Many of the victims in this film grew up in military families, with a strong respect for the military and its traditions. The interviews of the women are remarkable. You will witness their courage, their candor and their struggle to make the military change its manner of handling reports of abuse. At a time when the military is a crucial source of employment and training for so many aspiring young people, and it is popular to tout “supporting our men and women in uniform,” the goals of these victims should be important to us all.

Called “haunting” by Time Magazine, “heartbreaking” by The Washington Post, and “unforgettable” by, The Invisible War was named one of the New York Times’ best ten films of the year.  Their review concluded, “This is not a movie that can be ignored.”

(The film includes victims’ descriptions of violent attacks but no violent or sexual images. It is recommended for ages 14 and older.)

Two free Screenings

1.   Wednesday, November 13, 2013
@ Ellen Driscoll Theater (Havens Elementary School)
325 Highland Ave / Piedmont 94611
6:30 pm: Reception | 7 pm: Film | 8:00 pm Facilitated community discussion

2. Saturday, November 16, 2013
@ The New Parkway
474  24th Street / Oakland 94612
3:00 pm Film
Refreshments available for purchase

Poor Kids

Poor Kids – A film by Jezza Neumann
This moving documentary focuses on the children in three American families in the Quad Cities, a great American crossroads along the border of Iowa and Illinois. Told in the words of the children themselves, this one-hour documentary offers a unique perspective on America’s depressed economy after the financial crisis of 2008,  and the impact of unemployment, foreclosure and financial distress.

As Brittany, one of the children, says, “It could happen to you. It only takes one slip up, one thing to go wrong…. And it might be nothing to do with you, nothing to do with the way you’re leading your life. But even a natural disaster can take you down to ground zero”.

Winner of the Robert F Kennedy Award for Television Journalism 2013

Two free Screenings

1.   Thursday, September 26, 2013
@ Ellen Driscoll Theater (Havens Elementary School)
325 Highland Ave / Piedmont 94611
6:30 pm: Reception with light refreshments | 7 pm: Film | 8:00 pm Discussion

2. Saturday, September 28, 2013
@ The New Parkway
474  24th Street / Oakland 94612
3:00 pm Film | 4:00 pm Discussion
Food available for purchase

poor kids

Room To Breathe

Room To Breathe is a surprising story of transformation of struggling children in a San Francisco public middle school as they are introduced to the practice of mindfulness meditation.

The film focuses on four troubled children in Marina Middle School in San Francisco: an African American boy trying to cope with his brother’s murder; a highly social Latino girl with no interest in academics; a tough and disruptive Latino girl who is frequently in trouble with school administrators; and a defiant Latino boy who sees himself as unfairly persecuted by his primary teacher and other school officials.  The film shows chaos in the classroom – children fooling around, shoving, pushing, and yelling.  They are disrespectful and uncontrollable.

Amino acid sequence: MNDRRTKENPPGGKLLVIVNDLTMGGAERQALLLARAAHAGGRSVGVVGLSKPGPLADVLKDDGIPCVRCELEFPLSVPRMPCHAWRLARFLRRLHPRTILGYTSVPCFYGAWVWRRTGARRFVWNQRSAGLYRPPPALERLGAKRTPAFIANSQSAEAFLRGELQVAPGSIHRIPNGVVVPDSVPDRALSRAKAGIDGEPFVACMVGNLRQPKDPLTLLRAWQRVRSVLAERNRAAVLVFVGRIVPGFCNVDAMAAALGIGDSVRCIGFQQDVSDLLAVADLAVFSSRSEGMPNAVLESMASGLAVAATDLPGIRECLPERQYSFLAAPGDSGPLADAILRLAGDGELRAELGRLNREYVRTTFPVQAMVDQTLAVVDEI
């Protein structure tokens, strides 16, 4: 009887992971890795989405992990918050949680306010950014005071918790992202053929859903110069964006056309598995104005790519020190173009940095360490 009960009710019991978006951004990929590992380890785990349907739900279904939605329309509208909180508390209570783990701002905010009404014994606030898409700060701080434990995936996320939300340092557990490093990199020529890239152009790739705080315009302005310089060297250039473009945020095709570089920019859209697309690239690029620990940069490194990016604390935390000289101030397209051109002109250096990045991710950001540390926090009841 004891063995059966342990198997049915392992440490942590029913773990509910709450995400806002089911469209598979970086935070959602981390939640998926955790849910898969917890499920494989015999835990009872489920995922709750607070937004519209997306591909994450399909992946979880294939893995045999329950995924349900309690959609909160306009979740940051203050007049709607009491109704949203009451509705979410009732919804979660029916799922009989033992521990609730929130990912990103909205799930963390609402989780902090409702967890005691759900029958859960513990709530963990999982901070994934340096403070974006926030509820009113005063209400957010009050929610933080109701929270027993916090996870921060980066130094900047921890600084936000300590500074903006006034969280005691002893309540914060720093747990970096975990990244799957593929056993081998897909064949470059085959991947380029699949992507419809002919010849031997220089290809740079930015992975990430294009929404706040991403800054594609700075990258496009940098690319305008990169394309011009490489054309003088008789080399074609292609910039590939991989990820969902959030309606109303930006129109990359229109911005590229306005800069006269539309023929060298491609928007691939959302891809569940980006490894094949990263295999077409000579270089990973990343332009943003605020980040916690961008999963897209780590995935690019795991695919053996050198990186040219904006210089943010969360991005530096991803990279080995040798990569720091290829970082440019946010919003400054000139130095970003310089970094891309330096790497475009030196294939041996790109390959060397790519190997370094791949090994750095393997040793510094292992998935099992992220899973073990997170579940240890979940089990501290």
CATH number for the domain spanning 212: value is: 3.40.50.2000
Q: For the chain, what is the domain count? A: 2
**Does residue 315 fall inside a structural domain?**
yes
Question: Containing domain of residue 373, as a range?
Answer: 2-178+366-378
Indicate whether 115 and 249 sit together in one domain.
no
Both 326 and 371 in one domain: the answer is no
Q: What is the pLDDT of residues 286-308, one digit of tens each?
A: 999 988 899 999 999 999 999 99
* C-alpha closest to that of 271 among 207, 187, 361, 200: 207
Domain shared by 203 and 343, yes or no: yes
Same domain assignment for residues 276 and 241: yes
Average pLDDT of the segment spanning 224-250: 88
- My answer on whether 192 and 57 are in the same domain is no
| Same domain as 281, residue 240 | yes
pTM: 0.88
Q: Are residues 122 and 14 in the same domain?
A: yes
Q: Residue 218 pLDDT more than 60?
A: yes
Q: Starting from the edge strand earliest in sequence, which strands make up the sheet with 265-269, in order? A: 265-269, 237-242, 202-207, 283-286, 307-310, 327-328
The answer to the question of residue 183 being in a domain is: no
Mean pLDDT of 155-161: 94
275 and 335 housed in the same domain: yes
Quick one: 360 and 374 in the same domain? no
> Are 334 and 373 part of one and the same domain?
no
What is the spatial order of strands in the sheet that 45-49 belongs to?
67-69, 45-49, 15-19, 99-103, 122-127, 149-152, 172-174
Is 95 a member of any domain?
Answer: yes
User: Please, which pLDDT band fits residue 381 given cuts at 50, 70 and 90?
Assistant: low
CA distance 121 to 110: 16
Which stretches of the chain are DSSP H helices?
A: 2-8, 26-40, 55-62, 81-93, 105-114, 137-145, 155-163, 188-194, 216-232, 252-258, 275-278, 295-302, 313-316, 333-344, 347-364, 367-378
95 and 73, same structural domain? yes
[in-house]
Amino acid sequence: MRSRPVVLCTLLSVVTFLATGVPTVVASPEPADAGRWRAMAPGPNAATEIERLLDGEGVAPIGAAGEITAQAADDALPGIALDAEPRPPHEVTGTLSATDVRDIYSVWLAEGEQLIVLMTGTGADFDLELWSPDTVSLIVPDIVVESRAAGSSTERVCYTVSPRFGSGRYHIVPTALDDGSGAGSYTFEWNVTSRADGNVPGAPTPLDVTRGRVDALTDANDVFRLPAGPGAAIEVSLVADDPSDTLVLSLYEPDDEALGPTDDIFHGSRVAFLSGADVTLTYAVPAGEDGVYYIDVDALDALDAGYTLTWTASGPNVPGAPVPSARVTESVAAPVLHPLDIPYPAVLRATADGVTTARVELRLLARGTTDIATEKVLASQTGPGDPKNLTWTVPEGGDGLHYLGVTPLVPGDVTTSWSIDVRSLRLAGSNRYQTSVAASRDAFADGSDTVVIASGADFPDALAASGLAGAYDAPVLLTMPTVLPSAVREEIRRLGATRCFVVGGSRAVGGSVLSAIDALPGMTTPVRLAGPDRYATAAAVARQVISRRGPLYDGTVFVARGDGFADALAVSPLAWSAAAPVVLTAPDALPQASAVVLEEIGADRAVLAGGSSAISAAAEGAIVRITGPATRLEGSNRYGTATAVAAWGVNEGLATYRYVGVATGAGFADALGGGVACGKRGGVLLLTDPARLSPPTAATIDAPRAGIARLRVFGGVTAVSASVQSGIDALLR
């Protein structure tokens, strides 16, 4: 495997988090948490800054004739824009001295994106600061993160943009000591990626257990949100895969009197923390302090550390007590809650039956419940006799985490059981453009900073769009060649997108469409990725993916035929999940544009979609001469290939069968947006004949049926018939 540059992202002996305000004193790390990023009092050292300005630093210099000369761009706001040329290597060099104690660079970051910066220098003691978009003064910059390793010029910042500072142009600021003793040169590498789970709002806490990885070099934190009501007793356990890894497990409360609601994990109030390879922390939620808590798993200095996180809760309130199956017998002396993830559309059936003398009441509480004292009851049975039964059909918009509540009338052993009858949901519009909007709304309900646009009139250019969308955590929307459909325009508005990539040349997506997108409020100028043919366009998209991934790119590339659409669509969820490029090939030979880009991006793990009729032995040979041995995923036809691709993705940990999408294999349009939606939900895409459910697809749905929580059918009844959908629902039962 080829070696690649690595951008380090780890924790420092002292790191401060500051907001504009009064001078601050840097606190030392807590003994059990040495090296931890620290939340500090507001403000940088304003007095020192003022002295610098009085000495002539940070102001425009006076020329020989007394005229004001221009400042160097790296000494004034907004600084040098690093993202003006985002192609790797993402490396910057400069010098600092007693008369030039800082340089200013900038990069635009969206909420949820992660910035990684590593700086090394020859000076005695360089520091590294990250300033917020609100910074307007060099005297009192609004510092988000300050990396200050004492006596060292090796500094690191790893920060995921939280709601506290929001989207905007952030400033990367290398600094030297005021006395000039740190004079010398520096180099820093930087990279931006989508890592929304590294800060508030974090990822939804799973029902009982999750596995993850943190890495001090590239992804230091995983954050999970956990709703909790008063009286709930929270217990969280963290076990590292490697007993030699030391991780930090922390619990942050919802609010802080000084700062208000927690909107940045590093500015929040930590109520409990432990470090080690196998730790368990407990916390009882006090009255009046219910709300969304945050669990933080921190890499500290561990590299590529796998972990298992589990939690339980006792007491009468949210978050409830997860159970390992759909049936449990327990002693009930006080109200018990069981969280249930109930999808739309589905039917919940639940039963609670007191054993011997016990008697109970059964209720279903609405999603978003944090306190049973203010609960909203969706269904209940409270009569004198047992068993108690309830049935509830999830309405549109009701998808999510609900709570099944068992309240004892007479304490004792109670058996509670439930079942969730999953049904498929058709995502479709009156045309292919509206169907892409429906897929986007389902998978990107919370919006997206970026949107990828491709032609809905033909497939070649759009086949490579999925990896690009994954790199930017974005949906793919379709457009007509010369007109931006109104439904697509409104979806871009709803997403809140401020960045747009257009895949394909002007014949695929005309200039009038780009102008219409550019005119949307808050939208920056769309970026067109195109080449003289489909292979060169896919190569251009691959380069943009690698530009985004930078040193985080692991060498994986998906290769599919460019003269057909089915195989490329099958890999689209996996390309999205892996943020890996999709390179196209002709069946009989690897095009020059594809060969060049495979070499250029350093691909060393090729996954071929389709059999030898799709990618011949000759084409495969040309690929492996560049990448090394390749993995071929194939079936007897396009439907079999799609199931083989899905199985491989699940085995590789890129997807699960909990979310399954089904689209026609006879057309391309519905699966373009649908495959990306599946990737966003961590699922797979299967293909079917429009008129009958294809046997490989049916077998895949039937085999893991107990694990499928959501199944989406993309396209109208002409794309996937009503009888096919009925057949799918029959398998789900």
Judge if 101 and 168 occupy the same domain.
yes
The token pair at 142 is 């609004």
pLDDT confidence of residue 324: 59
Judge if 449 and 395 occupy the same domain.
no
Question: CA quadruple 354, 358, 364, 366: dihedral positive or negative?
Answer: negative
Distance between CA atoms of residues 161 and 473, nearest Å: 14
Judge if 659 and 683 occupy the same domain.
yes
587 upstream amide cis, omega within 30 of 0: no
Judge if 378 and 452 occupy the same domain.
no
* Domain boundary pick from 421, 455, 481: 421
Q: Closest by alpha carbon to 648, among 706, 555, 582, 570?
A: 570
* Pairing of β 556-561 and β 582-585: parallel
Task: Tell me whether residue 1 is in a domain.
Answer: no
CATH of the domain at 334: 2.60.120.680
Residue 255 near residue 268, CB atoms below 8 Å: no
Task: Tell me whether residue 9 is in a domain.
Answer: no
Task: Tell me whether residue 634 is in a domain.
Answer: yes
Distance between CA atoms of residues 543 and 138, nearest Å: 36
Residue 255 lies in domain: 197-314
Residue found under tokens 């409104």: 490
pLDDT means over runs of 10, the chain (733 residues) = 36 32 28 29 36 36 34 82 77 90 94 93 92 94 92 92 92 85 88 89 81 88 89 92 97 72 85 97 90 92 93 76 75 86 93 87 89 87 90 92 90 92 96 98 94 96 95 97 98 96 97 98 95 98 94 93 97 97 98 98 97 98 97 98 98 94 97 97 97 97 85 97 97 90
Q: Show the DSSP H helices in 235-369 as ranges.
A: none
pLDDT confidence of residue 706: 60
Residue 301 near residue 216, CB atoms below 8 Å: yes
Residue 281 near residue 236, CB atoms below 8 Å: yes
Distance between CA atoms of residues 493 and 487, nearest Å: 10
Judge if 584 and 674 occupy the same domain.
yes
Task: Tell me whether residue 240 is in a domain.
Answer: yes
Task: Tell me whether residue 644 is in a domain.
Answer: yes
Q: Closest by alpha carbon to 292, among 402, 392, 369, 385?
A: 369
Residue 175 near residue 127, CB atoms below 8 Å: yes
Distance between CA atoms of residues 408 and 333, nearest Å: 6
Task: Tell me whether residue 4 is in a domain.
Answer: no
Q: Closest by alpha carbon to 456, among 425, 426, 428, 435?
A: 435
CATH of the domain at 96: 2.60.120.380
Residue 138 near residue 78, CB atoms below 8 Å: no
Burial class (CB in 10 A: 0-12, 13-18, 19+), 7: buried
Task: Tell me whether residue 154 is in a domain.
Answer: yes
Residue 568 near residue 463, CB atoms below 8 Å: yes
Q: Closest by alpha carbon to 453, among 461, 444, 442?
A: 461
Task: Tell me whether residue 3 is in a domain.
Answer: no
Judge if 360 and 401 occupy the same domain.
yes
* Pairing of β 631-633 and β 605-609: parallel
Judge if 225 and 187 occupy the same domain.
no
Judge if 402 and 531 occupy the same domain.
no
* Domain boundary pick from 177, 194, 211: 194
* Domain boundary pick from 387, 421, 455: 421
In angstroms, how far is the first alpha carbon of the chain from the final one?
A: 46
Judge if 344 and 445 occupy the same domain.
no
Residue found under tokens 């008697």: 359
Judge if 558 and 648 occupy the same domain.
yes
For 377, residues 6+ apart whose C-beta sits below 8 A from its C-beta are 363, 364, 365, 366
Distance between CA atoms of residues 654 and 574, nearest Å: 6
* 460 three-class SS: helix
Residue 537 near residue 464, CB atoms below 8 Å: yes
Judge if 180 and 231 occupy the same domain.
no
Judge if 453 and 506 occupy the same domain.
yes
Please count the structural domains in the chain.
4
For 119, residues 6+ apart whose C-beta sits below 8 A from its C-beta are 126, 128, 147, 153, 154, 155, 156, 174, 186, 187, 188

How can teachers help these children develop the social, emotional, and attention skills they need to succeed in and out of the classroom?  Instead of just forcing the children to listen, the school administrators decide to experiment with “mindfulness,” a new program in self-reflection that is being introduced to a handful of public schools across the nation.

While the mindfulness instructor’s efforts are initially met with defiance, contempt for authority figures, and poor discipline, the teacher from Berkeley helps the four children and their classmates take greater control over themselves.  A new sense of calm begins to permeate their worlds, in class and at home.

The root of the children’s problems may be unique to each person, but the practice of mindfulness meditation has positive influence on all of them. Room To Breathe is an inspiring film that demonstrates a simple method that appears to have the potential to transform the ways in which children relate to their peers, their teachers, and their world, to reduce violence and bullying, and to create marked improvements in academic performance.

Wednesday, June 19, 2013
6:30 PM Doors open, reception| 7:00 PM Film screening
8-9pm PM Discussion


Room to Breathe Official Trailer from Sacred Planet Films on Vimeo.

Out in America

“Out in America”  directed and produced by Andrew Goldberg.

“Out In America” delivers a compelling, multi-layered portrait of Lesbian, Gay, Bisexual, and Transgender Americans through their own words and experiences. The film connects common themes running through numerous personal stories about growing up, coming out, nurturing relationships, overcoming social and familial challenges, fighting discrimination and HIV and achieving individual status and respect in America.

After the film, the Queer- Straight Alliance at Piedmont High School will discuss challenges for young people  who  are out or not yet out in America.  This film allows audience members to view and share in the touching quality of the relationships shown in the film.

Two free Screenings

1.   Wednesday, April 24, 2013
@ Ellen Driscoll Theater (Havens Elementary School)
325 Highland Ave / Piedmont 94611
6:30 pm: Reception | 7 pm: Film | 8:20 pm: Facilitated community discussion

2. Tuesday, April 30, 2013
@ The New Parkway
474  24th Street / Oakland 94612
6:30 pm